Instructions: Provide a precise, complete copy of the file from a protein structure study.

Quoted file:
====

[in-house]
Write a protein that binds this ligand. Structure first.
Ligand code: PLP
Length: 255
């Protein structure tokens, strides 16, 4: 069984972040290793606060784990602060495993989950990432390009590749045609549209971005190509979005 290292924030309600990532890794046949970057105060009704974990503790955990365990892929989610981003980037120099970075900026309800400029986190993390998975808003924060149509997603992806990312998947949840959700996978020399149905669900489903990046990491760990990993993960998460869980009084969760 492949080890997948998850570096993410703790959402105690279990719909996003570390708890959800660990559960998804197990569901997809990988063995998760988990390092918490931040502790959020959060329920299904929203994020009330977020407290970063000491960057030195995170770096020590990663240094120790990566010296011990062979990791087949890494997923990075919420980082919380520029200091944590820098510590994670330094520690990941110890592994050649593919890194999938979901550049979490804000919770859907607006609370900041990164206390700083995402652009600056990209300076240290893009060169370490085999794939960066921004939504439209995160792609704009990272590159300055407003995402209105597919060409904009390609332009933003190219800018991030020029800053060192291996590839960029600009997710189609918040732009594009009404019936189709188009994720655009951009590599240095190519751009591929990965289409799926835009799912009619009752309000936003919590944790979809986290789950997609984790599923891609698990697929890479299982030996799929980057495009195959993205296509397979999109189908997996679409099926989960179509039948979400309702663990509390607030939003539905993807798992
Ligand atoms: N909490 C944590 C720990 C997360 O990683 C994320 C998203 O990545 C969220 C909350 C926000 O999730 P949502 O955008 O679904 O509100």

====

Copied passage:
[in-house]
Write a protein that binds this ligand. Structure first.
Ligand code: PLP
Length: 255
């Protein structure tokens, strides 16, 4: 069984972040290793606060784990602060495993989950990432390009590749045609549209971005190509979005 290292924030309600990532890794046949970057105060009704974990503790955990365990892929989610981003980037120099970075900026309800400029986190993390998975808003924060149509997603992806990312998947949840959700996978020399149905669900489903990046990491760990990993993960998460869980009084969760 492949080890997948998850570096993410703790959402105690279990719909996003570390708890959800660990559960998804197990569901997809990988063995998760988990390092918490931040502790959020959060329920299904929203994020009330977020407290970063000491960057030195995170770096020590990663240094120790990566010296011990062979990791087949890494997923990075919420980082919380520029200091944590820098510590994670330094520690990941110890592994050649593919890194999938979901550049979490804000919770859907607006609370900041990164206390700083995402652009600056990209300076240290893009060169370490085999794939960066921004939504439209995160792609704009990272590159300055407003995402209105597919060409904009390609332009933003190219800018991030020029800053060192291996590839960029600009997710189609918040732009594009009404019936189709188009994720655009951009590599240095190519751009591929990965289409799926835009799912009619009752309000936003919590944790979809986290789950997609984790599923891609698990697929890479299982030996799929980057495009195959993205296509397979999109189908997996679409099926989960179509039948979400309702663990509390607030939003539905993807798992
Ligand atoms: N909490 C944590 C720990 C997360 O990683 C994320 C998203 O990545 C969220 C909350 C926000 O999730 P949502 O955008 O679904 O509100």